Theology has, it appears, escaped. What was once a respectable, architectonic, but also tightly regulated discipline which exercised its office in an almost hidden manner, her charms accessible only to the most discerning, and her relationships mediated and her conversations chaperoned by her “handmaid,” Philosophy, is now galavanting around not just the academy but other institutions of civil society like Collegiate Assessor Kovalyov’s nose (Gogol 1836/2011) , impersonating State Counselors and every other manner of authority and consummating forbidden liaisons with other fields and disciplines.
The most notorious such liaison is theology’s ménage a trois with Philosophy (now “liberated” from her role as handmaid) and Politics, under the form of what has come to be called “political theology.” Most contemporary accounts of the origins of political theology —at least in the sense the term is used today— trace it to Carl Schmitt’s assertion in his Politische Theologie (Schmitt 1922/2005) that “all significant concepts of the modern theory of the state are secularized theological concepts.” Together with his claim that “the Sovereign is he who decides the exception (Schmitt 1921/2014),” (i.e. determines when to suspend the rule of law) this thesis formed the basis of Schmitt’s legitimation of the Enabling Act of 1933 and thus of the whole NAZI regime. And yet Schmitt has a large following today is on the “Left,” for which his thesis has become a way of deconstructing the entire humanistic secular project of constituting a political subject which can make humanity the master of its own destiny of which it was the historic proponent, and the metaphysical foundations of which they have now determined to be the basis of its technocratic opposite: the regime of universal, instrumentalizing techno-political control which defines both capitalism and historic socialism alike. (Agamben 1995/1998, 2000/20005, 2003/2005, 2007/2011, 2010/2012, 2011/2013, 2012/2012, 2013/2015, 2013/2017; Baidou 1998/2005, Zizek 1999)..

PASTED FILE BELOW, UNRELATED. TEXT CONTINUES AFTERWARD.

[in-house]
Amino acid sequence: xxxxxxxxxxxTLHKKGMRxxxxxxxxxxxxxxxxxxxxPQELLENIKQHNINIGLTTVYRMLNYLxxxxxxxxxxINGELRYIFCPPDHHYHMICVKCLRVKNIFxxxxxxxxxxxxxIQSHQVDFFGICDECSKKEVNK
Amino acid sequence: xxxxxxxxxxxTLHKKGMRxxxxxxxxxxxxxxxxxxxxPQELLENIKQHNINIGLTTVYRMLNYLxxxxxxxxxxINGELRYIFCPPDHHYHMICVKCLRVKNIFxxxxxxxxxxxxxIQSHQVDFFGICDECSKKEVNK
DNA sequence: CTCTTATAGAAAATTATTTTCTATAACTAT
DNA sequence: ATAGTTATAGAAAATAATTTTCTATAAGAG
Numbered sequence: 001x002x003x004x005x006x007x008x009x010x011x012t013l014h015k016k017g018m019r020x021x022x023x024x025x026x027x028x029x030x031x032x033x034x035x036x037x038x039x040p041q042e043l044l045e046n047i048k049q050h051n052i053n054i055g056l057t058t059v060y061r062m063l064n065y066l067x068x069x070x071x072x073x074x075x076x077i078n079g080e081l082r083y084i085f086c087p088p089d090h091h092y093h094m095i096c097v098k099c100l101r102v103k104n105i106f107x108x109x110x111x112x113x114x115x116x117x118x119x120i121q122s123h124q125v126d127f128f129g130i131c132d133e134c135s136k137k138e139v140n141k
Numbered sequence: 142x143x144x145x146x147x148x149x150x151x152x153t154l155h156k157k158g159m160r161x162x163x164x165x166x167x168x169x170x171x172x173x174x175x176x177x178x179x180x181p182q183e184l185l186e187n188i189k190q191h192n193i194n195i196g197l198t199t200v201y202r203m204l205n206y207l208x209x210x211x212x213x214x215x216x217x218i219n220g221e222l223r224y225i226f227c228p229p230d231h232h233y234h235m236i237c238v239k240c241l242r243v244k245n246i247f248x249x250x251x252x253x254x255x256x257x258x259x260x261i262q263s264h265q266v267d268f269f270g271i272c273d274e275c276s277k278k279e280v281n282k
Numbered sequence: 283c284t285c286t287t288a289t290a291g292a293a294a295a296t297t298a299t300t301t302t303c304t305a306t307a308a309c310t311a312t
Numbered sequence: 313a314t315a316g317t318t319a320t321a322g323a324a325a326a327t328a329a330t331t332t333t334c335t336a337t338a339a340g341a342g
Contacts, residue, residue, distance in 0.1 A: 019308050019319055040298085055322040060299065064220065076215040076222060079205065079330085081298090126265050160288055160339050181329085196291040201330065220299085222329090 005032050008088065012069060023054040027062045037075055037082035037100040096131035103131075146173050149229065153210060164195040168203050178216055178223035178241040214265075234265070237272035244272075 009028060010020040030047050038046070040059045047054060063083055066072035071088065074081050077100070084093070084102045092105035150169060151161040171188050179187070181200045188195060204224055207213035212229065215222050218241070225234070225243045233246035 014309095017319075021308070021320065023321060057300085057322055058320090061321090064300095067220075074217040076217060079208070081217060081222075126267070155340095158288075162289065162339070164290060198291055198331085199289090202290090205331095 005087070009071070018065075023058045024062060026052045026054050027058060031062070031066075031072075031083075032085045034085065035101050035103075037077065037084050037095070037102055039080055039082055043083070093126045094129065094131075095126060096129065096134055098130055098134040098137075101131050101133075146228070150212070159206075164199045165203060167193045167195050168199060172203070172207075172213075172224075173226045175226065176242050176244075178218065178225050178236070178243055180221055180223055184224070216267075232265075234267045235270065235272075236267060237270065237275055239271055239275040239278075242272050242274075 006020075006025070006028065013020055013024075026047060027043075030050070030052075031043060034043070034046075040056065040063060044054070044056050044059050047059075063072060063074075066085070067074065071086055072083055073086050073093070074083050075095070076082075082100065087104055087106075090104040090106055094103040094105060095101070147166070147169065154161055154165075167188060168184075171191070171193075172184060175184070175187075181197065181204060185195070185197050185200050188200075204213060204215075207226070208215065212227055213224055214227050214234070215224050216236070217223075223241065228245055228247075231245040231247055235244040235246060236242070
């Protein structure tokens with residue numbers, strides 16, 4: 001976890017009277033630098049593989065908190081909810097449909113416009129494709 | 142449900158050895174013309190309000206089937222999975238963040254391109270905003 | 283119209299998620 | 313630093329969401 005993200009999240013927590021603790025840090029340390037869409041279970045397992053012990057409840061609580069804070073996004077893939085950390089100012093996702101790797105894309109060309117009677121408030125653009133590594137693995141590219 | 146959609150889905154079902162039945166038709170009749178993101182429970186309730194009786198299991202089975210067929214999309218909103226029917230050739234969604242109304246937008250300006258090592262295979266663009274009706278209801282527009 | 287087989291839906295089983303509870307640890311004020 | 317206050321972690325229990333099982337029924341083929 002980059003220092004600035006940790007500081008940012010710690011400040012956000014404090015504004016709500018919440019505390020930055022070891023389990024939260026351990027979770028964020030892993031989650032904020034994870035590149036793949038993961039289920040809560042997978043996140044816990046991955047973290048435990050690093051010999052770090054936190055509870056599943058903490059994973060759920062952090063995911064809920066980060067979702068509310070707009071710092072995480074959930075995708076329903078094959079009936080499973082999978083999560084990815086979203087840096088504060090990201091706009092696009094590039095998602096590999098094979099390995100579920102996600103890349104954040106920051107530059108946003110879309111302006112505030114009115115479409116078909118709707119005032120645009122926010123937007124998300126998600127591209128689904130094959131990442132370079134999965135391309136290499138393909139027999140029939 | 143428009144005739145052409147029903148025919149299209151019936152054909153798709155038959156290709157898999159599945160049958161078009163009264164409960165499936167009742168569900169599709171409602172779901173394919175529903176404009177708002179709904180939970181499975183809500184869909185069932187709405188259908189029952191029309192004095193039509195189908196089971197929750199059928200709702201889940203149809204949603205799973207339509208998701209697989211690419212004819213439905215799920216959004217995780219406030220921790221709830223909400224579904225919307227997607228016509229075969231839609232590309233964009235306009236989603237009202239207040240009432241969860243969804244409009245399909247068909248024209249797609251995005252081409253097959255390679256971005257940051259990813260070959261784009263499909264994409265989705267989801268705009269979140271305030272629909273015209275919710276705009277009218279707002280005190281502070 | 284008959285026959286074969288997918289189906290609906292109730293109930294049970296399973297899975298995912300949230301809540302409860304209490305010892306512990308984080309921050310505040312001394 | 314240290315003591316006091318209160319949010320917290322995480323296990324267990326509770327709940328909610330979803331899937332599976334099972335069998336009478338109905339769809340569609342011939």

But these theological “genealogies” of the humanistic secular project are not theology’s only liaisons dangereux. On the contrary, theology has taken upon itself the task of policing the boundary between “religion” and “science” which was once also under the jurisdiction of Philosophy —and the results have been catastrophic. While scholars of religion (Barbour 2000) have been busy elaborating a standardized typology of four different forms of engagement between religion and science (conflict, non-overlapping magisteria, dialogue, and integration) physicists (Tipler 1994) have generated “theologies” which make explicit the technocratic secular claim to realize by means of scientific, technological, and economic progress the theosis which has always been humanity’s deepest desire. And if interventions such as Tipler’s Omega Point Theory remain marginal, they nonetheless constitute a wedge which has allowed the proliferation of a whole range of more “modest” transhumanist discourses —most notably those of the Dark Enlightenment (Land 2013, 2017). Meanwhile grave questions about the theoretical coherence and political integrity of mathematical physics remain unanswered. Quantum theory, it turns out, has roots as steeped in emerging NAZISM as the (Heideggerian) hermeneutic ontology which dominates the humanistic academy (Lerner 1991) and is, in fact, part of the same “hermeneutic turn” which, far from being a product of the past two centuries, in fact dates back to the Augustinian Reaction of the 1270sand to the Reformation. This too is political theology.